Interestingly, and this is very typical when organisations or institutions are going through significant periods of change, people will naturally focus in on what it means for them, their role and their team. This is perfectly normal and we are very aware of this.

Of course Brexit and the political and economic uncertainty are key topics of internal discussion. Preparing for a successful Brexit transition is a strategic priority. However certainly at the moment, there is a more immediate focus on what is happening internally and how this might impact right across the organisation.

This is highlighted during our regular leadership calls which we hold as part of the merger integration process. During these calls the majority of questions are about people, culture and organisational structure. These really are the areas that are uppermost in our employees’ minds.

Of course, by no means are we an organisation which is close minded to what is going on externally, but when it comes to communications, we have to get the balance right about where we focus during this period of significant change and listen and pre-empt the needs of the business and our people.


With increased regulation across the sector what challenges does this bring? Does it make people management and recruitment more complex, requiring a greater level of technical or specialist knowledge across all levels of the business than in the past?

It does make recruitment more complex. Really good people have a lot of choices about where they can work. Most sectors nowadays have some form of regulation, but the financial services sector has a very high degree of it.

We find particularly with graduates that the opportunity to work in financial services doesn’t necessarily hold the same attraction as it used to. Graduates looking at the wider job market are placing a great deal of emphasis on values and what companies stand for. Certainly a company’s approach to sustainability is one of the top criteria a graduate would use to make choices about their employment. I’m pleased to say that we are well recognised for our approach to sustainability and have featured in the Dow Jones Sustainability Index (DJSI) for seven years now. The index is designed to measure the performance of sustainable companies by looking at how well they manage environmental, social and governance (ESG) risks and opportunities which impact on their long-term success. Our listing places us within the top 10% of leading sustainable companies in the world from our sector.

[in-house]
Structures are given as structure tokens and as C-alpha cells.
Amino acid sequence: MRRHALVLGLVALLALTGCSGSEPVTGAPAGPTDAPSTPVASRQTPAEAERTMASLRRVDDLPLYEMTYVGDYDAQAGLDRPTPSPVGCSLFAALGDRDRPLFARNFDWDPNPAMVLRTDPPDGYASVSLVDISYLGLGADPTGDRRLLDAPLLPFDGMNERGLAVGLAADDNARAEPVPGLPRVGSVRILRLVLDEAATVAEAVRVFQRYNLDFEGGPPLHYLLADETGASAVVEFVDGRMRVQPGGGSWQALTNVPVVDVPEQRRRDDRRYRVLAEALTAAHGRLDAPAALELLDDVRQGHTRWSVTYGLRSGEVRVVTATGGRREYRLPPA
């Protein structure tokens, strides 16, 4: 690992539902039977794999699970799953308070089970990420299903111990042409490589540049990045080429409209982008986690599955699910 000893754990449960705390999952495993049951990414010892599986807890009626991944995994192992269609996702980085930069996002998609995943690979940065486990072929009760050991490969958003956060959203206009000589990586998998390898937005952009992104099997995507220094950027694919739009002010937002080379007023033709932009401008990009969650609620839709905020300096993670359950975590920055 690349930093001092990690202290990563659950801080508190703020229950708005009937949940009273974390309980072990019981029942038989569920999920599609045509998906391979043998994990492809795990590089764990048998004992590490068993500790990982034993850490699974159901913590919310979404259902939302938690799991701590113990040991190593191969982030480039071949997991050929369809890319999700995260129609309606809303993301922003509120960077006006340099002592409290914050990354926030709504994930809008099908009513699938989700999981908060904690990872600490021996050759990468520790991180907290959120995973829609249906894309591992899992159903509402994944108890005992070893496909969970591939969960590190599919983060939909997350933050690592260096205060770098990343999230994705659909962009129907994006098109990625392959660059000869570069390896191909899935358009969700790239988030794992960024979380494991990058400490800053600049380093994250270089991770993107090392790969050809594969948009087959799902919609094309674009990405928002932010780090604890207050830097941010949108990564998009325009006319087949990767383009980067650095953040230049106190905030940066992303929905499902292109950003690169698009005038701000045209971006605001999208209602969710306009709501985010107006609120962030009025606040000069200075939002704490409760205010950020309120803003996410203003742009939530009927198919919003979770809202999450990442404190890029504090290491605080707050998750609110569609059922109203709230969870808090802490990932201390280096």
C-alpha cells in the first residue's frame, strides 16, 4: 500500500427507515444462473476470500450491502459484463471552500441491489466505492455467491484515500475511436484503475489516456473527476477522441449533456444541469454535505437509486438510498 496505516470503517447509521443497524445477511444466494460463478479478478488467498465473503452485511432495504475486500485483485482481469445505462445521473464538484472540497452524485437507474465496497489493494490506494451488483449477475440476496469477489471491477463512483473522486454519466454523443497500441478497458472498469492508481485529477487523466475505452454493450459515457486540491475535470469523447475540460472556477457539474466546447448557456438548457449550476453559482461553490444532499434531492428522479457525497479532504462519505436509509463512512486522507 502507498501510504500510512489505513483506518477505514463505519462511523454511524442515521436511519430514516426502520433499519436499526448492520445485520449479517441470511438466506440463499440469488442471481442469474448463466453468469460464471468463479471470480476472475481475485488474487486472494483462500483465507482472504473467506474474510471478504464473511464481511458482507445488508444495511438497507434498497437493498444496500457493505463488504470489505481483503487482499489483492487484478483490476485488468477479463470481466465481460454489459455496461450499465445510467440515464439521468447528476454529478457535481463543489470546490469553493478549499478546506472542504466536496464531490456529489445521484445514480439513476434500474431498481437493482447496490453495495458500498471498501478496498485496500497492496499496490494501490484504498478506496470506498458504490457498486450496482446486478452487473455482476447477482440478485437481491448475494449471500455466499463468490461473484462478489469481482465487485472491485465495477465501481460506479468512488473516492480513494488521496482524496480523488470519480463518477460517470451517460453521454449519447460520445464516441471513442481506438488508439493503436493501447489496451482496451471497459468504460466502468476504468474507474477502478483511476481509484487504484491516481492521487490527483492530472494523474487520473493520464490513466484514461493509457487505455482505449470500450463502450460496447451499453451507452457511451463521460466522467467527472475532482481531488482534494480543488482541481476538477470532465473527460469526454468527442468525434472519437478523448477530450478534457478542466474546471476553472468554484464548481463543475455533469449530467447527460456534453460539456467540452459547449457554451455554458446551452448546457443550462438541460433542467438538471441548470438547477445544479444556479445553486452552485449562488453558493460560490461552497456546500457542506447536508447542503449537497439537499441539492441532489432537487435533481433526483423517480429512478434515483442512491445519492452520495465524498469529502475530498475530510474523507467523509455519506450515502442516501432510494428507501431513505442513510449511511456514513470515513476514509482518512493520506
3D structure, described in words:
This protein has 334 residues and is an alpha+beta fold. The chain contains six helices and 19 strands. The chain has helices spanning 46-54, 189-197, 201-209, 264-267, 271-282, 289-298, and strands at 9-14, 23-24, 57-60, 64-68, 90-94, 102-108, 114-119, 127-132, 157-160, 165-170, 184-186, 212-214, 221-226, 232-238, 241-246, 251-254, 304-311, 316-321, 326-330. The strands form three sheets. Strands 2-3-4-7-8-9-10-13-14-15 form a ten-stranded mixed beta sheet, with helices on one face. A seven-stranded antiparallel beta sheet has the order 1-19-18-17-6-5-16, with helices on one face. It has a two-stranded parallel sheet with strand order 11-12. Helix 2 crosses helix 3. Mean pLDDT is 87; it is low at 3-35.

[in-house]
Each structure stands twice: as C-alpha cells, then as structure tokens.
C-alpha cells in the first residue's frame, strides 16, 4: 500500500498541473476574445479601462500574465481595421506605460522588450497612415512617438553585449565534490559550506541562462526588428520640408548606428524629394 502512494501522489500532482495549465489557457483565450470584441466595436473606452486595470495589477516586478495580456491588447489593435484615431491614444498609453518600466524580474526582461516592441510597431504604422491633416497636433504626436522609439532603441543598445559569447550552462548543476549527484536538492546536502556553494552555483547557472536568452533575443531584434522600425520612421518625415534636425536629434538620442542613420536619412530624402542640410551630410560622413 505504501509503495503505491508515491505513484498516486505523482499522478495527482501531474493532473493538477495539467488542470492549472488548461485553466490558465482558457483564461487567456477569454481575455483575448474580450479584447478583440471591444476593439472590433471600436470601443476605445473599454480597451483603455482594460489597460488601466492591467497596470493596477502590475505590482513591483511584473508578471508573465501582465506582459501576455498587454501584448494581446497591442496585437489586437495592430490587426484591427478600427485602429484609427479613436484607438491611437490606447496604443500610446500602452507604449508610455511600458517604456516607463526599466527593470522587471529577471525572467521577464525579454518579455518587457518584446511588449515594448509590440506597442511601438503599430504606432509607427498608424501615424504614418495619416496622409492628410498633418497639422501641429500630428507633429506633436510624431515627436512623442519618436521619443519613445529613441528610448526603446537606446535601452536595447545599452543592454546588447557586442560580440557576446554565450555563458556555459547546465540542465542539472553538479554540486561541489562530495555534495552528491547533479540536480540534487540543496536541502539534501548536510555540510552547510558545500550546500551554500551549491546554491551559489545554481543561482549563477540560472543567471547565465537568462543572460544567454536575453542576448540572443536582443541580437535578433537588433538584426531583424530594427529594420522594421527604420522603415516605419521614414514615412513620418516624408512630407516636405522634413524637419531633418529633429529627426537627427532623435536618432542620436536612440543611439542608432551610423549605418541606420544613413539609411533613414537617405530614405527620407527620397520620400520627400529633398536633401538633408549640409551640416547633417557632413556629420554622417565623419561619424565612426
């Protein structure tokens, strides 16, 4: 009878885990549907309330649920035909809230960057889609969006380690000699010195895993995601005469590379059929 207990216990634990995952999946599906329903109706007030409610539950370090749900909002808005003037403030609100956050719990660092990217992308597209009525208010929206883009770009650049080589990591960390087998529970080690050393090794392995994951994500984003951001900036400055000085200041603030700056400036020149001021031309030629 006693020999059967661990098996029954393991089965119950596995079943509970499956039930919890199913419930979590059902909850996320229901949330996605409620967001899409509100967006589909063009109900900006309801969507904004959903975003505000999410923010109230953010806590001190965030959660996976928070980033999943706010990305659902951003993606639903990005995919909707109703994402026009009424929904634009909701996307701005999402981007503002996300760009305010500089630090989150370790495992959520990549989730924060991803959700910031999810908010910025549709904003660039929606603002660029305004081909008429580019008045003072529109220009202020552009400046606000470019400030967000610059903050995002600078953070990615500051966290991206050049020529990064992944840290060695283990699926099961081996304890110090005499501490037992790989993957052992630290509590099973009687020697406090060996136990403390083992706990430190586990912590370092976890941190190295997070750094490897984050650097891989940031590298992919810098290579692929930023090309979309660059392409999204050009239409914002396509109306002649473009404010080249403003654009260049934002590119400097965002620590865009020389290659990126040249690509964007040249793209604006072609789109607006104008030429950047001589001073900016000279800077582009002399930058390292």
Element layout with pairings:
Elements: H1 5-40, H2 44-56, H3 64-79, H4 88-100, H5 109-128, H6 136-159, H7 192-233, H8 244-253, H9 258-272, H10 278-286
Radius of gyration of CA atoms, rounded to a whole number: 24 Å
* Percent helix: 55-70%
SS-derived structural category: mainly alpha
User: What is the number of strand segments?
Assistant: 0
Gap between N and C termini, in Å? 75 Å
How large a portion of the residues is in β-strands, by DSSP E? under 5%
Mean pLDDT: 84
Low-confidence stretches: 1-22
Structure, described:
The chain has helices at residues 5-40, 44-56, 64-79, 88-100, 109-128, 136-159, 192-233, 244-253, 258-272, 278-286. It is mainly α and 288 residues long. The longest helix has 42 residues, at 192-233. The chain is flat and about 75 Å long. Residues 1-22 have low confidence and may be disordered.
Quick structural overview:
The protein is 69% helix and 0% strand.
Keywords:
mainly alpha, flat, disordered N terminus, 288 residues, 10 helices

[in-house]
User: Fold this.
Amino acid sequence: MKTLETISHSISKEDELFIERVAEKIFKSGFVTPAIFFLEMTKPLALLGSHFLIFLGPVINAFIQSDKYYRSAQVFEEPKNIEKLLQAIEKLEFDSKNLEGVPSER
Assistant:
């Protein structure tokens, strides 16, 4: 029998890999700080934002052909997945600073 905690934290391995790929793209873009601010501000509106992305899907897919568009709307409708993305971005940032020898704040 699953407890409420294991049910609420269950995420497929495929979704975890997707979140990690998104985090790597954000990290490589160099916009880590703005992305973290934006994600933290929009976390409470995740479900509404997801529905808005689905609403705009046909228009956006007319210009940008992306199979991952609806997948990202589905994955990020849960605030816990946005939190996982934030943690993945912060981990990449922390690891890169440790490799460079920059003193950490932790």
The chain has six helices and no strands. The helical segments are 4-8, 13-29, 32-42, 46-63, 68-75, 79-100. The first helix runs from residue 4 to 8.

However, one of the key points is about the reputation and the issues the financial sector has experienced in the past decade. As a result of the 2007/8 crisis, the regulator introduced a senior manager regime which allows it to hold senior people much more to account than in the past. This brings a far higher degree of reputational risk, particularly in functions like HR and IT, and this also can make this sector a less appealing area to work in.

Many financial organisations remain large, deeply complex organisations and I believe that finding the right people, the best people, is going to become harder.

“HOW BUSINESSES RESPOND TO THE SOCIAL INCLUSION AGENDA WILL GO A LONG WAY TO REBUILDING THE SECTOR AND DEMONSTRATING THE GOOD THAT THESE BUSINESSES CAN HAVE IN BROADER SOCIETY.”


Is there a need for greater diversity at a senior leadership level (not just gender specific) in the financial sector and beyond? If so, how can this be addressed?